Jefferson’s 2nd Term
Conflict on the Seas
▪ Both Britain and France violate
neutral rights
▪ British considered the worse
offender because of impressment
Chesapeake-Leopard Incident
▪ 10 miles off
Virginia
▪ Leopard fires
killing 3
Americans
▪ 18 Americans
wounded
Results
▪ Jefferson expels British ships from
American waters
▪ Jefferson demands end to impressment
▪ British offer:
▪ to return 3 of 4 captured
▪ recall the Leopard’s commanding officer
▪ compensation for those killed
Peaceable Coercion
▪ Embargo Act
1807
▪ Prohibited all
exports
Peaceable Coercion
▪ Embargo Act
▪ Wholesale
evasion
▪ Jefferson
suspends
habeas corpus
▪ Jefferson uses
martial law
Non-Intercourse Act
▪ Congress abolishes Embargo Act
▪ New act forbid trade with Britain and
France
▪ Legislation expired in 1810
▪ Other tensions between U.S. and
Britain
The New Republic
Chapter 6
Washington’s Administration
Washington’s Administration
• Washington elected President
• Adams elected Vice-President
• Inauguration on April 30, 1789
The First Congress
• Bill of Rights drafted by Madison
– Passed Sept. 1789
– 10 ratified 12-15-91
• Federal Courts organized
– lower courts organized
• Cabinet
Hamilton’s Plans-Funding and Assumption
• Pay the federal debt by taxing whiskey
and imports, a tariff
• Sell government bonds and pay interest
– Bondholders have stake in new
government
Debate over Funding and Assumption
• Why were some states against?
• Compromise
Hamilton’s Plan–Bank of the United
States
• Bank chartered by the federal
government
– provide loans and currency to business
– house the nation’s currency
– issue bank notes
Debate over the Bank
• Hamilton : Constitution permitted
a bank
– “implied powers” Article I section 8
– “all things necessary and proper to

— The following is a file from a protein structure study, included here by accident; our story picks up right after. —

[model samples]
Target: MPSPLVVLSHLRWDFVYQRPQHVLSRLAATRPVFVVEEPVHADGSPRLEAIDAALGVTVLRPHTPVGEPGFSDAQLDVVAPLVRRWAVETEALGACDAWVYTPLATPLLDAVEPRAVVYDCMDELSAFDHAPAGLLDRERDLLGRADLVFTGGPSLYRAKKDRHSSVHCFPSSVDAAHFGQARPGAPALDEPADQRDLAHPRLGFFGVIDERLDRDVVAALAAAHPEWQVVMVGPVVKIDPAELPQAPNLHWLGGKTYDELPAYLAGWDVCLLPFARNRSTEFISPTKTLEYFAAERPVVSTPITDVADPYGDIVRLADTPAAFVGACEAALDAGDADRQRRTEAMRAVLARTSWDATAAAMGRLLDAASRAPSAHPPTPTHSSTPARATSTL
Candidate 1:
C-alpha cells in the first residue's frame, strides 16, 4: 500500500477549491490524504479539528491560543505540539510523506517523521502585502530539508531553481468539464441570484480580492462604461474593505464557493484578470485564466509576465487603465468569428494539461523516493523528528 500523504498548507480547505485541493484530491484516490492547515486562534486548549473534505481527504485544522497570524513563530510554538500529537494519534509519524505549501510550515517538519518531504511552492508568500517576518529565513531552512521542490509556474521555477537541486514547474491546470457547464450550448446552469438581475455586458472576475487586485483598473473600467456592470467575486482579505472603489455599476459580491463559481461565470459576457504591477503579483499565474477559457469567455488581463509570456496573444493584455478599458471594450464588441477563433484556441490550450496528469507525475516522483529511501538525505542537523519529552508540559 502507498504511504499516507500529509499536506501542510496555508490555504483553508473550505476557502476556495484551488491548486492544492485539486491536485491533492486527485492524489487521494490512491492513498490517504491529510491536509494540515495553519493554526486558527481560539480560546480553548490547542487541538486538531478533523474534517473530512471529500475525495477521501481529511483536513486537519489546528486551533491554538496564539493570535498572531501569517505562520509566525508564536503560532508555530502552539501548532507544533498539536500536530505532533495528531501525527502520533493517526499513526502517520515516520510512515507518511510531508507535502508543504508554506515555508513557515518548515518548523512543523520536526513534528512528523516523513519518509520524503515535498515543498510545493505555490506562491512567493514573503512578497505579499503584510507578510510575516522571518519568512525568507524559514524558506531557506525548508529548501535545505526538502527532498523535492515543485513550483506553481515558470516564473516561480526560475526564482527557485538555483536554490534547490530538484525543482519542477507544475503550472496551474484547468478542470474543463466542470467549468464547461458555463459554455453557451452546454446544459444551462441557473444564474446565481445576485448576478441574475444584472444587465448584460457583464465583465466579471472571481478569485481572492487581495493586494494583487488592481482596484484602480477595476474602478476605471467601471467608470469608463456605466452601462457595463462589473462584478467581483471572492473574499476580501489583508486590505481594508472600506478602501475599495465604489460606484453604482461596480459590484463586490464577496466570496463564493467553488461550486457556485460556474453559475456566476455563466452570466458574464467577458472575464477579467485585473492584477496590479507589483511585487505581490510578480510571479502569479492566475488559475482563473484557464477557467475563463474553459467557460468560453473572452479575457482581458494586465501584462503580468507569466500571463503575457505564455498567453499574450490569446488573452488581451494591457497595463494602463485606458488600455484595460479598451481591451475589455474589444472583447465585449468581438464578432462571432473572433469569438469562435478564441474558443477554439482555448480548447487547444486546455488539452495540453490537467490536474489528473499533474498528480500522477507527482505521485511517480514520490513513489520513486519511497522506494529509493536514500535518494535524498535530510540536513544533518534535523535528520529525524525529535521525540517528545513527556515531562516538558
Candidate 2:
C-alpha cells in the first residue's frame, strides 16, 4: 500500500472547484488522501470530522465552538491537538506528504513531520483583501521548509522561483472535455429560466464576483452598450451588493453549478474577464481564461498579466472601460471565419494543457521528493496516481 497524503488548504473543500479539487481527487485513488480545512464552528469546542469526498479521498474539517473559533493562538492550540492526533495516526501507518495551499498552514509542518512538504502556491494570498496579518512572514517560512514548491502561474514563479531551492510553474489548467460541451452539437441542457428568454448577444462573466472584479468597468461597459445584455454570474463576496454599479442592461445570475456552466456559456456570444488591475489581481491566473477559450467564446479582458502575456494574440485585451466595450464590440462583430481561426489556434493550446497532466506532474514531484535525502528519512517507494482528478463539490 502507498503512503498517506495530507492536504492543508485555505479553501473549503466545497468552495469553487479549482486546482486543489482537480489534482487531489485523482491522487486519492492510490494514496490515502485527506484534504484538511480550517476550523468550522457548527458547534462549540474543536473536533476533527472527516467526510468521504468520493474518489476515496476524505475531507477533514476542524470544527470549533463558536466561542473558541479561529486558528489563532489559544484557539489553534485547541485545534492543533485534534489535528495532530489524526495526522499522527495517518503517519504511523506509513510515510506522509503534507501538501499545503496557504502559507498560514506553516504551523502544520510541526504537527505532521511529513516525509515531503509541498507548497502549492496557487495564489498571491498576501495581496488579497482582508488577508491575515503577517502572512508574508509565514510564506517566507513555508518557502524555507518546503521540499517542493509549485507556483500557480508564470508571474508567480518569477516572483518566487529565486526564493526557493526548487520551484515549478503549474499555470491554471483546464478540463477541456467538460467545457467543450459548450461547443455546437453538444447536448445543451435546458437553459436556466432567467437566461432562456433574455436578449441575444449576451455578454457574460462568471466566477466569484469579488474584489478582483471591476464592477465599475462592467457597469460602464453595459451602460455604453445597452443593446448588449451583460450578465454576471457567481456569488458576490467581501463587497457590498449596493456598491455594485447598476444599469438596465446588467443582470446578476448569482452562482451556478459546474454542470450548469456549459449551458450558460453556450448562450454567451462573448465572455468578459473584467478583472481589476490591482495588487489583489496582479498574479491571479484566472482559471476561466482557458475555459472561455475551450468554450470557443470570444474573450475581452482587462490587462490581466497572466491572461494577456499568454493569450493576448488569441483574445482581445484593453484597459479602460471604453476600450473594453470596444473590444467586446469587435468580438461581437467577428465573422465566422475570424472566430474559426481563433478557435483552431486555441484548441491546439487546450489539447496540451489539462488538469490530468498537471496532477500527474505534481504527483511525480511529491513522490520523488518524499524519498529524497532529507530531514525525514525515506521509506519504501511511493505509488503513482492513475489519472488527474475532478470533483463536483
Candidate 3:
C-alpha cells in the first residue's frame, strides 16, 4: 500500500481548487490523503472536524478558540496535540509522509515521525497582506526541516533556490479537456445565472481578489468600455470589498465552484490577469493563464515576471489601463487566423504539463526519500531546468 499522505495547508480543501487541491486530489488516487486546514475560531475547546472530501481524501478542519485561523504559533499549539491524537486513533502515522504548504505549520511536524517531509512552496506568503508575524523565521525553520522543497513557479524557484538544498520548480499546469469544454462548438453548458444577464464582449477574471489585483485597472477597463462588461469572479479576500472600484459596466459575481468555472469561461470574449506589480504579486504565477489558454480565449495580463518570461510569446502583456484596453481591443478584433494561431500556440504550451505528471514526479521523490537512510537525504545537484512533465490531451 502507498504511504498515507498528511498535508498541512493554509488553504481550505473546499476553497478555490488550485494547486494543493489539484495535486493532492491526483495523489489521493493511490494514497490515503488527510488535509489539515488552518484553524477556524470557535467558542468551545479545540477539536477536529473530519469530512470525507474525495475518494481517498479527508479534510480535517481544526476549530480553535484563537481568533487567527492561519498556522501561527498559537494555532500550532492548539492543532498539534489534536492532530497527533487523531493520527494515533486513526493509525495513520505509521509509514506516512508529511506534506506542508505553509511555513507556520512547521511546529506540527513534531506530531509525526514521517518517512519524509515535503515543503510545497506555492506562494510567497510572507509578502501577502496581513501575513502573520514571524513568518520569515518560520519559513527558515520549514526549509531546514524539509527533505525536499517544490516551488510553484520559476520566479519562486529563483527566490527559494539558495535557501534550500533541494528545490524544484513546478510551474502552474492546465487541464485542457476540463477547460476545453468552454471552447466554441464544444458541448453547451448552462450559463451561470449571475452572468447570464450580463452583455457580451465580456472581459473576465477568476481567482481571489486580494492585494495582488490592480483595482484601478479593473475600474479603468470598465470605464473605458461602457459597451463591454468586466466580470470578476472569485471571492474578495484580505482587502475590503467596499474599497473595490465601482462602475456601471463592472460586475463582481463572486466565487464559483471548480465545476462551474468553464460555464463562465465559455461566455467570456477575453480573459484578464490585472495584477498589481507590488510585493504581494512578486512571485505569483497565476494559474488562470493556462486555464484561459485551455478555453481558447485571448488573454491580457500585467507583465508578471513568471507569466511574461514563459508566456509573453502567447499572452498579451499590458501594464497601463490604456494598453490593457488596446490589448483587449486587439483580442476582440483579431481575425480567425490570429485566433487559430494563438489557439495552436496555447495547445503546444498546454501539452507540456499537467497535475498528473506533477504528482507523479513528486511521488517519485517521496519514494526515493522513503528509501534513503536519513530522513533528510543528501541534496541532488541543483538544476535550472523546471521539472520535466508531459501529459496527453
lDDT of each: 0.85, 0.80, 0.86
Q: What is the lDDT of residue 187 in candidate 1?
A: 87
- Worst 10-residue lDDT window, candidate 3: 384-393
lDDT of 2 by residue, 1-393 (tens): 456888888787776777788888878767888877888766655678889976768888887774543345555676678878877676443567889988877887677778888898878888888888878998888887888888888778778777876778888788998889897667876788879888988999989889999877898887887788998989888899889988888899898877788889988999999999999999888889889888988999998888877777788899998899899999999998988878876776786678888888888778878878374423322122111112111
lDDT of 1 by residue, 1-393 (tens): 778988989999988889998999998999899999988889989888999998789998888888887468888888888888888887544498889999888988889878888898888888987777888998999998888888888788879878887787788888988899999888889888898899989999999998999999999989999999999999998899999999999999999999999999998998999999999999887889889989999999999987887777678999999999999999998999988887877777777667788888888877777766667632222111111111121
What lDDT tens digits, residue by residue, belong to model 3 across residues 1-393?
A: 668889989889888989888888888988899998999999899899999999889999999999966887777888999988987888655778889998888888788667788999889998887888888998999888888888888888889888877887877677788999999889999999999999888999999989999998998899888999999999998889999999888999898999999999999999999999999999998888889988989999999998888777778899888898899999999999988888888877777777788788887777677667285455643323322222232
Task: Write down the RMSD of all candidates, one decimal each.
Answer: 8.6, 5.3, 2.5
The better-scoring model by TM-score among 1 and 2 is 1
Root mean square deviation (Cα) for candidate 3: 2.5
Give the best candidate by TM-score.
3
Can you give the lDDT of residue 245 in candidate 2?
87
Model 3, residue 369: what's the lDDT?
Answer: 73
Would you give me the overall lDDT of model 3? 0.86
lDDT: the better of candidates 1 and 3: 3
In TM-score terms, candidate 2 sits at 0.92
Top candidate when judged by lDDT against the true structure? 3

carry out its duties
– do anything not expressly prohibited
Jefferson’s Argument Against the Bank
• Strict interpretation of the Constitution
• Constitution does not grant Congress
the power to charter a bank
• Washington accepted Hamilton’s
arguments
Republican Opposition
• Feared too strong a central government
• Disliked Federalist program such as
tariff, whiskey tax, and B.U.S.
• Disliked Federalists using their control
over appointments to reward
supporters
Differing visions
Jefferson
• agrarian America with citizen-farmers
– suspicious of large cities fearing urban
mobs
– felt cities increase number of propertyless
– applauded the French Revolution
Divisions of the Parties
• Republicans
– commercial
farmers in the
North
– planters in the
South
– appalled by
aristocratic tone
of the Federalist
• Federalists
– strongest in New
England
– area had
commercial ties
to Great Britain
– tradition of
hierarchy and
order
Whiskey Rebellion
• Background
• What happened
• Results
– Washington calls out militias of 3 states
– force of 15,000
– rebellion collapsed and tax collected
• Significance
Foreign Policy Under Washington
• Neutrality Act of 1793
• Jays Treaty 1794
– fails to achieve new goals of
compensation for British attacks on
American shipping
– British agree to leave the Northwest
Pinckney Treaty 1795
• Spain grants right to navigate the
Mississippi and deposit goods at New
Orleans
• agrees to fix the northern boundary of
Florida where Americans desired
• required Spanish to prevent Indians in
Florida from raiding across the border
Washington’s Farewell Address
• Washington chooses to step down after
two terms
– Key points
– Significance
Election of 1796
• John Adams President
• Thomas Jefferson becomes VicePresident
• Federalist party divided
Quasi War with France
• French vessels capture American ships
• Adams sends Pinckney, Marshall, and
Gerry to France in 1797
• Tallyrand’s agents demand a “bribe’
before negotiations can begin
• Result was a wave of anti French
sentiment
Aftermath of the XYZ Affair




Adams cuts off trade to France
Creates a Department of the Navy
Constructs new ships
Authorizes American vessels to capture
French armed ships
• France agrees to new terms in 1800
Repression and Protest in the Adams
Administration
• Federalists control Congress due to
conflict with France
• Fear of French immigrants fleeing
France during French revolution
• Alien and Sedition Acts passed
Kentucky and Virginia Resolutions
• Jefferson and Madison wrote them
• Based on “compact theory”
– Constitution was a compact of the states
– The states decided what was
constitutional
Federalist Achievements